While much of the focus on marketing in the music industry is often put on online marketing, the real world can often be neglected, despite remaining one of the most effective areas of music promotion.Guest post by Michael Hahn of Landr
By now, everyone knows how important it is to promote your music online.
The new normal is spending a considerable chunk of time writing emails
, posting on social media
or sharing links
to your new release.
But there’s a whole world of promotion out there that’s easy to forget when you’re too focused on your online channels: the real world.
Offline music promotion is still one of the most important parts of music promotion.
Here’s 5 reasons why offline promotion always matters.
1. Followers aren’t followers, they’re people.
All the interactions on your streaming dashboard
get reduced to statistics, but those streams aren’t just important numbers to follow… They’re real people listening to your music.
Every chance you get to meet someone who appreciates your work in person is a golden opportunity.
Sometimes all it takes to turn someone from a casual listener into a serious fan is a five minute chat.
So take the time to hang out after the show and say hi to everyone. Thank them for being there—it’s the least you can do!
The value of a real life encounter doesn’t have to stop offline either—Respond to comments, start discussions and interact with your fans the same way you would at a show.
Remember: A real life interaction is always the best. But the spirit of it works online too (especially for all those out-of-town fans).
2. Word-of-mouth is real
You could buy all the targeted social ads in the world and still not get the same return as a glowing review from a good friend.
People still hold the opinions of others in their network higher than any marketing campaign.
Plus, people tell other people about the music they like—your music should give them something to talk about.
The more you can get your music involved in social circles in real life, the faster it will spread by word-of-mouth.
So pay attention to your community and try to make the connections. Get involved and be part of something bigger than just your own project.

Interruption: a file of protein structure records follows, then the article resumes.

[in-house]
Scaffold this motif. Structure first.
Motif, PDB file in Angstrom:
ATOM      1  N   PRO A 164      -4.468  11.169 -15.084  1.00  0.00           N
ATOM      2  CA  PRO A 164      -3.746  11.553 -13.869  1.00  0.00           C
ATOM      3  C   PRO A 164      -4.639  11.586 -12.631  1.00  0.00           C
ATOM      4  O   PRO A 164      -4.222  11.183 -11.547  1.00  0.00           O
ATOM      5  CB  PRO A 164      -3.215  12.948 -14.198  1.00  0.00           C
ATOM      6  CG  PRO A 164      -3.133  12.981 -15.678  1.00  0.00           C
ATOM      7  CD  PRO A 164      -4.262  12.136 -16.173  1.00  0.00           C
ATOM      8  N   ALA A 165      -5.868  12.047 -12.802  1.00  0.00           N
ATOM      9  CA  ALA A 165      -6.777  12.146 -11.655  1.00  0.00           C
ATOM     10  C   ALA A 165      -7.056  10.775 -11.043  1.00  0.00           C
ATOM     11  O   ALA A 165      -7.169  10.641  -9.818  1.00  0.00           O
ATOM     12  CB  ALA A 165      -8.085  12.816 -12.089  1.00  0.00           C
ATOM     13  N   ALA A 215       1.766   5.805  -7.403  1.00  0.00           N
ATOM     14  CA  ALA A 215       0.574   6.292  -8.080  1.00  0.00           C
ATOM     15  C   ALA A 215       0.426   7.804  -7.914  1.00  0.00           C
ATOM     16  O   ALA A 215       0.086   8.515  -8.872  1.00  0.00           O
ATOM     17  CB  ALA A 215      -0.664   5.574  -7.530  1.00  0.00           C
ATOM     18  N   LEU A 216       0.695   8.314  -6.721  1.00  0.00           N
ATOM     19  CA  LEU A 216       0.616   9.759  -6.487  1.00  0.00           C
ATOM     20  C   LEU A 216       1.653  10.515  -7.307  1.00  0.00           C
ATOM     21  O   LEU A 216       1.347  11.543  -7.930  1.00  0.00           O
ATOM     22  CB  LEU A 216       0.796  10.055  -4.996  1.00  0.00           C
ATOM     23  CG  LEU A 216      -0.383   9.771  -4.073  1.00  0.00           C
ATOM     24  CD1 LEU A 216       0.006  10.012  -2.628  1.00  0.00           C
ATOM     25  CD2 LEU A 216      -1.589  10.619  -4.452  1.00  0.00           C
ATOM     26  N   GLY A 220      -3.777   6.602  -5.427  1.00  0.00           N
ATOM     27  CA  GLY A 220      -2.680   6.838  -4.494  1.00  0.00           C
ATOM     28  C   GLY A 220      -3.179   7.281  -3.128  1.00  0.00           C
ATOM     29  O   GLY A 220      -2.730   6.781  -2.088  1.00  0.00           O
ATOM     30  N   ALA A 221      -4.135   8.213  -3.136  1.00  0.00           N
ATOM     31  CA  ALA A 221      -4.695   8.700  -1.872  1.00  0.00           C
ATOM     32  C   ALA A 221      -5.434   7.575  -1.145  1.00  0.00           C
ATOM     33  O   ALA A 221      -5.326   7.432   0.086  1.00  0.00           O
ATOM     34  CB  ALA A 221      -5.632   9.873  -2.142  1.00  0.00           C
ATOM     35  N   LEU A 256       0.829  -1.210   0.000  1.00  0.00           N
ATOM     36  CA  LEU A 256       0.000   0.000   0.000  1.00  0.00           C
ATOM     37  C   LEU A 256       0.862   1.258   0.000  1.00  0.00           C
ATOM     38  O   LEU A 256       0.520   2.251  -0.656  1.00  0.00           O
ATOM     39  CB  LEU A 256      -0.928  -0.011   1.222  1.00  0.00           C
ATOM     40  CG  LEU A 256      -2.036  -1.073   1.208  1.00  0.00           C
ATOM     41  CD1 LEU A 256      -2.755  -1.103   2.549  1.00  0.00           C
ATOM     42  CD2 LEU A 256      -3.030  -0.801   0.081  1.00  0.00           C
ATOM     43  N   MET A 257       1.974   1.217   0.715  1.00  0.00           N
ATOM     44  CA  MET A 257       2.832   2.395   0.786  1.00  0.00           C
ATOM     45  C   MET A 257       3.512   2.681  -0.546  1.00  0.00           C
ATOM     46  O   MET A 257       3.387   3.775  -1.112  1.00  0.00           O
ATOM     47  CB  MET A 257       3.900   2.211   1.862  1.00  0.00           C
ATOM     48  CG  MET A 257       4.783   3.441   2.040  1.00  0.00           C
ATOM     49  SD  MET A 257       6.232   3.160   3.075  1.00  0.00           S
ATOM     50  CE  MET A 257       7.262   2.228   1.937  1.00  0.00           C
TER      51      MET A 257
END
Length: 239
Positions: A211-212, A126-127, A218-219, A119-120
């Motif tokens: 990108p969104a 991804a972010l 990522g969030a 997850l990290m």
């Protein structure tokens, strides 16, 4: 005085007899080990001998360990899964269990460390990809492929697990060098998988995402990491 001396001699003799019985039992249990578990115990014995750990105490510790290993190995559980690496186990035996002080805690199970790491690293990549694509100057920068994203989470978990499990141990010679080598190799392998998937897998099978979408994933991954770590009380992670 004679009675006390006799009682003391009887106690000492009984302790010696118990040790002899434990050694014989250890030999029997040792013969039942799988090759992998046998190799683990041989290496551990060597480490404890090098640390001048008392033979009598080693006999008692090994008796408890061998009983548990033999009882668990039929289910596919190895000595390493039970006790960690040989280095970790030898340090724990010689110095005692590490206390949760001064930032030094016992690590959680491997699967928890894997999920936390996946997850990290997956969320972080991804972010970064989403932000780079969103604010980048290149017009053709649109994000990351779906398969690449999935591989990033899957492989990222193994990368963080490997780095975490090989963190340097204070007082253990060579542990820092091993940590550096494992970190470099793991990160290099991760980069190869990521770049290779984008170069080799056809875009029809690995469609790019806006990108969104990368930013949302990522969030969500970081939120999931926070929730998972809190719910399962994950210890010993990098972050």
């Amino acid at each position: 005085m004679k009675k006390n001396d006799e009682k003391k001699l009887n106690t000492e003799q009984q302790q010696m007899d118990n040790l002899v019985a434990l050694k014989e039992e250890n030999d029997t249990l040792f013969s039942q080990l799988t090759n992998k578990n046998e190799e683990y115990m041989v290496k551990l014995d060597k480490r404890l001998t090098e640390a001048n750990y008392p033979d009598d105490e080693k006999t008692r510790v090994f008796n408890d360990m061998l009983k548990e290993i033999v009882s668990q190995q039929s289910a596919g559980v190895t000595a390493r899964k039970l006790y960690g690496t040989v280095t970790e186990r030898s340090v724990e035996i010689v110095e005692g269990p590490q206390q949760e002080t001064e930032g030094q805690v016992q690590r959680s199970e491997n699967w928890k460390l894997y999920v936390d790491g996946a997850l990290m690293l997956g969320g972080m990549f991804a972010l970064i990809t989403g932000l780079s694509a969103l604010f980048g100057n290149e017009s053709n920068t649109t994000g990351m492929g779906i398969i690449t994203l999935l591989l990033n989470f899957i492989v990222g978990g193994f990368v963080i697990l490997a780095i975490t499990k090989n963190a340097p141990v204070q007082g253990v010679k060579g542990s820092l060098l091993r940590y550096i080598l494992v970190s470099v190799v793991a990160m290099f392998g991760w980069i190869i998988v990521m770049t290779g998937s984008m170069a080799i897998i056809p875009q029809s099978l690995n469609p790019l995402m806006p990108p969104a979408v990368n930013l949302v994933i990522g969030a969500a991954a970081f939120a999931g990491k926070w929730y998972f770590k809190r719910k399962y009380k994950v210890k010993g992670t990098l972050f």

3. Your presence is just as important as your artwork
You may have triumphantly completed your masterpiece album
. But the vast majority of people won’t feel the same deep personal connection you forged with your tracks while making them.
For the most part, you’ll have to rely on your real-world presence to communicate who you are and where your music is coming from.
Offline connections give people a window into your mindset. It makes it easier for them see your music in context.
Your tracks are a shorthand for who you are to your listeners, so put your best foot forward whenever you’re associated with your music in public. This means shows, events, festivals, radio spot or even local parties.
Your tracks are a shorthand for who you are to your listeners, so put your best foot forward whenever you’re associated with your music in public.
You’re the ambassador of your sound. Make every moment count, think about how you present your music in a real life setting and consider ways to make your music standout through you as a person first.
4. Nothing can replace live music
Meaningful music experiences can totally happen online, but it’s far more likely that an amazing dance party or incredible live set will leave a bigger impression.
Sometimes people just need to see it live to get the message.
The genius of your best tracks can still get flattened in algorithmically generated playlists or lost in the noise of online content.
But at an event it’s live—and loud.
It’s where you truly have your listeners’ attention. All the layers and impact of your music are on display.
So make planning and playing events a priority!
5. You need to meet people to level up
We need to talk about networking. We all know how important it is.
But you need to stop thinking of it as a feature of a social media app and start seeing it for what it really is: just getting to know people.
You need the right people around you to help you achieve your next goal in music. Meet them as peers—not as gatekeepers you’re trying to extract something from.
And that goes for everyone, not just industry pros. The golden rule of live music is you never know who is in the audience.
The golden rule of live music is you never know who is in the audience.
Whether you’re playing to a sold-out venue or the three people glued to slot machines in the back, you still need to deliver the best performance you possibly can.
It’s part of being professional as an artist. No one likes a pretentious complainer who doesn’t put in the effort because the show isn’t full—it’s disrespectful!
Walk the Offline
A lot of daily life is online, and there’s a huge amount you can do there for your music promotion
. But you can’t forget about the the offline work, even in 2018.
Whether it’s through networking or live performance, try adding these offline promotion habits to your practice.
You’ll be surprised how much the real world can do for you and your music…